The language barrier is very real. Because I lived a solely English-speaking existence prior to coming to South Korea three weeks ago, I had never realized how much of a challenge it is. I chose to come to Soonchunhyang University for my semester abroad because I wanted a challenge, but I did not realize how much I would have to overcome.
On the first full day I spent in South Korea, the other exchange students and I went out for lunch at a local restaurant. Some of the other students had taken Korean courses before, but I had not. I have never felt more helpless than I did on that day, fumbling with my translator app as I tried to order something to eat.
This is one of many times I have run headfirst into the language barrier, and I am only three weeks into my five-month stay in South Korea. I feel like a child when I interact with native speakers because I cannot properly articulate my words, nor understand what they are saying. I cannot count how many times I have been asked something simple like “Do you want a bag?” and I have just frozen up. These are actions I did every day in the U.S, but they require much more effort here.
This past weekend, my friend group and I went on an outing to one of the local cities. After only being out for a few hours, I wanted to go home. I was tired and stressed out and I think finally feeling “culture shock” from my sheer inability to properly interact with anyone. I had two options — cry about it or finally learn some necessary phrases so social outings did not stress me out.
With the help of my Korean roommates, I did the latter, and have a few phrases I am trying to use every day. When I first arrived, I could only say “안녕하세요,” which means “hello.” Now I can say thank you, please, and, my personal favorite, “잠시만요,” which means “excuse me.” I am partial to that last one because it is not often used by Koreans, as people will generally just squeeze by, saying nothing. However, I have learned that there is power in these phrases, as I have found when I use it, people give me the space I need.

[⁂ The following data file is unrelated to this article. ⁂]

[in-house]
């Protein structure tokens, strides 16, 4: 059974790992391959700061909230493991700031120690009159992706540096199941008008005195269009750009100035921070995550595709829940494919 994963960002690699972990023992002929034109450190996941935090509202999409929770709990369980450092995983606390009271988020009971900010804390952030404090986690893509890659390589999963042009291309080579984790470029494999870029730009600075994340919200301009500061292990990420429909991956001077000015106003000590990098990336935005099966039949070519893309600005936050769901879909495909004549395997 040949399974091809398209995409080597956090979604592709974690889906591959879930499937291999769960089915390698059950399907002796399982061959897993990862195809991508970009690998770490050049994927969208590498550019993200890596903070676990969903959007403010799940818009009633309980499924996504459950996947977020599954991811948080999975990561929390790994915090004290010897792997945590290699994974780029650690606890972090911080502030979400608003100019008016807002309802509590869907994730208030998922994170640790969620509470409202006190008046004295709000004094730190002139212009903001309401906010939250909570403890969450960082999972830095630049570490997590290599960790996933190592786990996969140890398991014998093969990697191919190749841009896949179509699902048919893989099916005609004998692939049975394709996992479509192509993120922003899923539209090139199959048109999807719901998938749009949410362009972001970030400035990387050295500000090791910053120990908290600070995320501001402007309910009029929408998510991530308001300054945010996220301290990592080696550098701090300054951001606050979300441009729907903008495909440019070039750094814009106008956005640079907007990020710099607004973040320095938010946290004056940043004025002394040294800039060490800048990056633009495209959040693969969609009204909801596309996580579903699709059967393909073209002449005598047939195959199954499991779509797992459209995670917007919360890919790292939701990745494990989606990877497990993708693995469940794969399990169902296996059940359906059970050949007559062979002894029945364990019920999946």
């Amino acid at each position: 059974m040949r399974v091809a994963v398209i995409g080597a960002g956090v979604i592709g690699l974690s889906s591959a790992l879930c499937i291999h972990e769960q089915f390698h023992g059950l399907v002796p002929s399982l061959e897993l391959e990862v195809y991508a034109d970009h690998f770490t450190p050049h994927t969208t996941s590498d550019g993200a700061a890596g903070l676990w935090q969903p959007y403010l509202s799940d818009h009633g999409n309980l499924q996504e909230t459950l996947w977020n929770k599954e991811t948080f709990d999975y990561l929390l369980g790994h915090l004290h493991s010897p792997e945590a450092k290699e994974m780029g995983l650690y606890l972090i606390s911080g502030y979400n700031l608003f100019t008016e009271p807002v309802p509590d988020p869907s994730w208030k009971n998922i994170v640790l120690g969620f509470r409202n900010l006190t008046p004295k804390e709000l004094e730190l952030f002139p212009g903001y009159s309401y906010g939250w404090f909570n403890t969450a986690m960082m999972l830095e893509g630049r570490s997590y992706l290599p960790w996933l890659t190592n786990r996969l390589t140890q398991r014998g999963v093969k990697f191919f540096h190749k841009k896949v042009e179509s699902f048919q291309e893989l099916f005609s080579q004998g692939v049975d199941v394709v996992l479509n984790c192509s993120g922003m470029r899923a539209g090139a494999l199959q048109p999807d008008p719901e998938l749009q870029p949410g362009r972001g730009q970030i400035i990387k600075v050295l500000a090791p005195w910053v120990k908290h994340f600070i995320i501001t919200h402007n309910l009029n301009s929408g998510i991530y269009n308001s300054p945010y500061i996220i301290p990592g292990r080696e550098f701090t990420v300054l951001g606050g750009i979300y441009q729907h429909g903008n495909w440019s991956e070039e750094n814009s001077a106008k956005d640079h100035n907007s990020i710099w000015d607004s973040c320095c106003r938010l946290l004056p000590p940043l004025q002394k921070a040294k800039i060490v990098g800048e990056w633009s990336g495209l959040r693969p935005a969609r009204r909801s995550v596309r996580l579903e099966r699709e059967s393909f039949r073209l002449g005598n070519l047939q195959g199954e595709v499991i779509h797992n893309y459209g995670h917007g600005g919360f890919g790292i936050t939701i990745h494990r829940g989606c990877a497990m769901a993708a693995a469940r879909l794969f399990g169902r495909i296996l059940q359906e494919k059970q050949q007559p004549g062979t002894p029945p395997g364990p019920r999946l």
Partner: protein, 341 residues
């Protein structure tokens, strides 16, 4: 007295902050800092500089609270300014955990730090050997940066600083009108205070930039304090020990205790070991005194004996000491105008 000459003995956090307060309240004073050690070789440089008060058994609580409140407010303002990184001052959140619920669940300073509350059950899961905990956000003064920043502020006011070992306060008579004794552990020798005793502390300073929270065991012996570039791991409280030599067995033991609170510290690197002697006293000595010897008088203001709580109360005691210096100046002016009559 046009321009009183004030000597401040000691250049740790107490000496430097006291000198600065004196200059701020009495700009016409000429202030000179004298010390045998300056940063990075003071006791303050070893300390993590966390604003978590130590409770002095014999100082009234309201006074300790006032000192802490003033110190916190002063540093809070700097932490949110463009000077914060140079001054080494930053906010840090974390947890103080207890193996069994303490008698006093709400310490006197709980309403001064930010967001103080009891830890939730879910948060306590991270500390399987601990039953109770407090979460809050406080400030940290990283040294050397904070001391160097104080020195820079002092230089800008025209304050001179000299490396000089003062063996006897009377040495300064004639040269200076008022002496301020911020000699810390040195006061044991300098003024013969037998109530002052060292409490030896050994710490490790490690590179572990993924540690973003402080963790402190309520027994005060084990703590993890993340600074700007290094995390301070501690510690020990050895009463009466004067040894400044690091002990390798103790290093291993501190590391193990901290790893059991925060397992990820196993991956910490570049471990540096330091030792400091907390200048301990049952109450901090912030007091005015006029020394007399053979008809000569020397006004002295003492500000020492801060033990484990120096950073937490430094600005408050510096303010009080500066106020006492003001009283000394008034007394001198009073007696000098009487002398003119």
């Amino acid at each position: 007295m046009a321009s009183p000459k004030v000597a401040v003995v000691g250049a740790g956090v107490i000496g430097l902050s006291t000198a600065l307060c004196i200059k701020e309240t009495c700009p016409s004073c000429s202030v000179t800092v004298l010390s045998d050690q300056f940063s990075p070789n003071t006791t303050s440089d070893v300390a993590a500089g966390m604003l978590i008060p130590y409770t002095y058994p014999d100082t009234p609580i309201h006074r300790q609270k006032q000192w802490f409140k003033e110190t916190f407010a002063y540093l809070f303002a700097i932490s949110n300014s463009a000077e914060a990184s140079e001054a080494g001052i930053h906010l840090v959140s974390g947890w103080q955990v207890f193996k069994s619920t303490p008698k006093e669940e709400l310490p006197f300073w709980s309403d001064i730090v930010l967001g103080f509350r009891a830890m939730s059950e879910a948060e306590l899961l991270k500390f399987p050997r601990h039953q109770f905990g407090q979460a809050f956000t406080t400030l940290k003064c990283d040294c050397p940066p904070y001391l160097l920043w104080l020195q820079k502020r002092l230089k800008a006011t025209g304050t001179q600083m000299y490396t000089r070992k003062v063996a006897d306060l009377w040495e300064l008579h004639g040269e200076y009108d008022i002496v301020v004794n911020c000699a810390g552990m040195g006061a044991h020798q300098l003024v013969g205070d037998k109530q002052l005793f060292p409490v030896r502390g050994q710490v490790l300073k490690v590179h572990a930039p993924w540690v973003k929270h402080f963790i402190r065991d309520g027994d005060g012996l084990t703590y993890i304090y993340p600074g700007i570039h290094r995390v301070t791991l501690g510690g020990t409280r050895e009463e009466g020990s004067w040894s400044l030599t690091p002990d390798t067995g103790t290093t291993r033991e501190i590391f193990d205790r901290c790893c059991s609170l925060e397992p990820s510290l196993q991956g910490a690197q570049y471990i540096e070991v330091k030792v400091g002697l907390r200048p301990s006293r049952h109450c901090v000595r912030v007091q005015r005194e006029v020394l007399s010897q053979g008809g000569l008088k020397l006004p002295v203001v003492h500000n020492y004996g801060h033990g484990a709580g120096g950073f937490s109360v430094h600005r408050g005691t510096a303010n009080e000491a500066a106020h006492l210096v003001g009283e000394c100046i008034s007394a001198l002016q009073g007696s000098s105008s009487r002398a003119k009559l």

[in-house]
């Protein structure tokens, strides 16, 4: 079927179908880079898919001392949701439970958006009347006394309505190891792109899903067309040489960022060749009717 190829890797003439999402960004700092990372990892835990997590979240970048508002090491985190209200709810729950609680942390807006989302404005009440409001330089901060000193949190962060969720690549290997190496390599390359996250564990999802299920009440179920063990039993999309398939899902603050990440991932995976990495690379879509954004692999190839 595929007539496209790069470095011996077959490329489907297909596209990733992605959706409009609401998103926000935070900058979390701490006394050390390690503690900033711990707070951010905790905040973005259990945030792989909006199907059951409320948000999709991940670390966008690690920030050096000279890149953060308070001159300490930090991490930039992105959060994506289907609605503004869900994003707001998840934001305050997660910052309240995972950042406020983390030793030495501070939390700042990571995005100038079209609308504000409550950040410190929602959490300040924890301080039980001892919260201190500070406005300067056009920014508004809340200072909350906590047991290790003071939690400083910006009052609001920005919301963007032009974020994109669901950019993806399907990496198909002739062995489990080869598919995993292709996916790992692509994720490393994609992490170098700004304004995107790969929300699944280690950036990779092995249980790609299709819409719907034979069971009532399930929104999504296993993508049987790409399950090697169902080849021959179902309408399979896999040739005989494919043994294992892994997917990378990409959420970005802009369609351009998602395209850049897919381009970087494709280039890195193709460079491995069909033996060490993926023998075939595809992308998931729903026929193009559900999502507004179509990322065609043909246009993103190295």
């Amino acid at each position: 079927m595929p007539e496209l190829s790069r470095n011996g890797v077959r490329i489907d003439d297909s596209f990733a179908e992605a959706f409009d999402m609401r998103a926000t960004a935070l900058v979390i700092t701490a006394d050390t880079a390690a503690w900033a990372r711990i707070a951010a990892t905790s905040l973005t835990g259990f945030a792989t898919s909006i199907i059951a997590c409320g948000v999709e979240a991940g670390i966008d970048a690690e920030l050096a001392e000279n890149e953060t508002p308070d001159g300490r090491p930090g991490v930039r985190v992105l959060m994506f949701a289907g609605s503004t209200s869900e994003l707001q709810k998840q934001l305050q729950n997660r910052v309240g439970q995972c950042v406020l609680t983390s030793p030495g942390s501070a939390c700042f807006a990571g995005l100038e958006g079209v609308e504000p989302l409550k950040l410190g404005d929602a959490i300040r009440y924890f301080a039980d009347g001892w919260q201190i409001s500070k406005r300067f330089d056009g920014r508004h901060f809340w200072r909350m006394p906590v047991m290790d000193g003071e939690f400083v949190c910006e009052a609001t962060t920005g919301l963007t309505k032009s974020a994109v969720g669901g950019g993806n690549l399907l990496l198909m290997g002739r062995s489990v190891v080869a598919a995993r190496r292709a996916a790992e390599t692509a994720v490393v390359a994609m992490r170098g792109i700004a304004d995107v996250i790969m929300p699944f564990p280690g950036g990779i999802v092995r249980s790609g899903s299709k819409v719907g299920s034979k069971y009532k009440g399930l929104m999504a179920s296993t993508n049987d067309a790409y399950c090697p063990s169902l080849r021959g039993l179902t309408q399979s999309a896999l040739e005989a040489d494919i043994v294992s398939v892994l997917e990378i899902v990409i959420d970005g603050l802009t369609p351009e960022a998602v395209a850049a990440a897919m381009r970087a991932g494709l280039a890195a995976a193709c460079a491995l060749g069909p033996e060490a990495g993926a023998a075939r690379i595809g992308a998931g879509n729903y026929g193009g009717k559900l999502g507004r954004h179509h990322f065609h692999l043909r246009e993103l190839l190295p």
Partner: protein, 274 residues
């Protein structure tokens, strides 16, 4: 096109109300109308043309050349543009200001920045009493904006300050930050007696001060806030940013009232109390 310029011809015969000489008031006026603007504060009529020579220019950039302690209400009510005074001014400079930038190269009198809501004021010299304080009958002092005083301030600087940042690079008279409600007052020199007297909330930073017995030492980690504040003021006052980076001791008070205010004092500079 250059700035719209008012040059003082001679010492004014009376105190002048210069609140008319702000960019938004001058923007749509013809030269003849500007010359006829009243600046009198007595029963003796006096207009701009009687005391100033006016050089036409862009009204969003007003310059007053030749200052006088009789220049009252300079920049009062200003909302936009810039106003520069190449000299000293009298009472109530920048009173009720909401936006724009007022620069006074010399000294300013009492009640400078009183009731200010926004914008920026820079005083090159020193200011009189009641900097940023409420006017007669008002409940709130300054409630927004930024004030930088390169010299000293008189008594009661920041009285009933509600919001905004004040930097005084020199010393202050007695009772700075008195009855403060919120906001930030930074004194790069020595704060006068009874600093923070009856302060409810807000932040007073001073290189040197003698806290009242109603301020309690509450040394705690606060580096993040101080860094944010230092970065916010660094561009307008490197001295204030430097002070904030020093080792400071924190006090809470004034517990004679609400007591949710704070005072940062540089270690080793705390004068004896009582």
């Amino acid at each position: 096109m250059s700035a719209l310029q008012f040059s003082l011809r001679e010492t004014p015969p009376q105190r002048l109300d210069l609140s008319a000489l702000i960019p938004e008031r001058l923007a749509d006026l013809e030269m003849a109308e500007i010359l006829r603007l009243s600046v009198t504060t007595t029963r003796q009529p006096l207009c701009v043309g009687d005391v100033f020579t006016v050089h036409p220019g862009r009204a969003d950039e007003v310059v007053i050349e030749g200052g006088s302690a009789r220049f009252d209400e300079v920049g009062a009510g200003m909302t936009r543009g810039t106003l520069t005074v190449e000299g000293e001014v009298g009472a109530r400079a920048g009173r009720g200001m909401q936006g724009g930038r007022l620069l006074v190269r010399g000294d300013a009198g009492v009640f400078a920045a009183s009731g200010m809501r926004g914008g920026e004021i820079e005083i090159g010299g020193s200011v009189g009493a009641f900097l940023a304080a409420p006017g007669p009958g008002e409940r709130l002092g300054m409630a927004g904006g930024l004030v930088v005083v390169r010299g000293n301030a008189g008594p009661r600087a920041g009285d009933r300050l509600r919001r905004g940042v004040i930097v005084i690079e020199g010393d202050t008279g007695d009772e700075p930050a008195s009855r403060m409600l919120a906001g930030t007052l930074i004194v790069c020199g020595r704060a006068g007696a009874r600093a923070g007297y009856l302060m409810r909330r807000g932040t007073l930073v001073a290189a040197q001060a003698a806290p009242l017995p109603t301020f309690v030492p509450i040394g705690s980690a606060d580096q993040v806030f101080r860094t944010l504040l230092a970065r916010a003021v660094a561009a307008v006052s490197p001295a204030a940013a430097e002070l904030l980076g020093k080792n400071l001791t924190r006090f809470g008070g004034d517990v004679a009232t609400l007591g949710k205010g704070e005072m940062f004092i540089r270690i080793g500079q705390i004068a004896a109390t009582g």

When I studied Spanish in high school, I remember one of my teachers explaining that it is OK to have a weak vocabulary in the beginning, because from a language perspective, we were all still infants. I embrace being an “아기” and babble whatever phrase I pick up from my roommates. Though I am struggling, I know I am improving.
The hardest part of learning is when the Korean language throws me a sound that English simply does not have. For example, the consonant “ㄹ” is a fun cross between an L and an R. To say it correctly, I have to wrap my head around saying both those sounds at the same time, or guess which sound the word will be closer to. I also take personal offense to words like “이곳” (pronounced igo) because why have an ending that should sound like “S” if it is not meant to make any sound? I understand the irony of my struggling considering the English language has words like through, though and thorough, but I digress.
On the positive side, my constant interactions with the language barrier are teaching me to better explain English. I understand why my roommates struggle to pronounce English words with Ls and Rs because, as previously said, their native language does not separate the two sounds. As cliché as it sounds, I do have a newfound respect for people learning English, especially after moving to a new country. It is difficult, frustrating and scary to smile and hope for the best. I am very grateful to have learned a widespread language from a young age.
In terms of learning Korean, I am highly optimistic. You need to fall in order get back up, and I fell hard early on. It can only be up from here. This is the challenge I signed up for, and I am determined to work my way over to the other side of the language barrier.
If you would like to follow along with my time in South Korea, follow @eap_travels on Instagram for weekly updates on Fridays at 8 a.m. EST.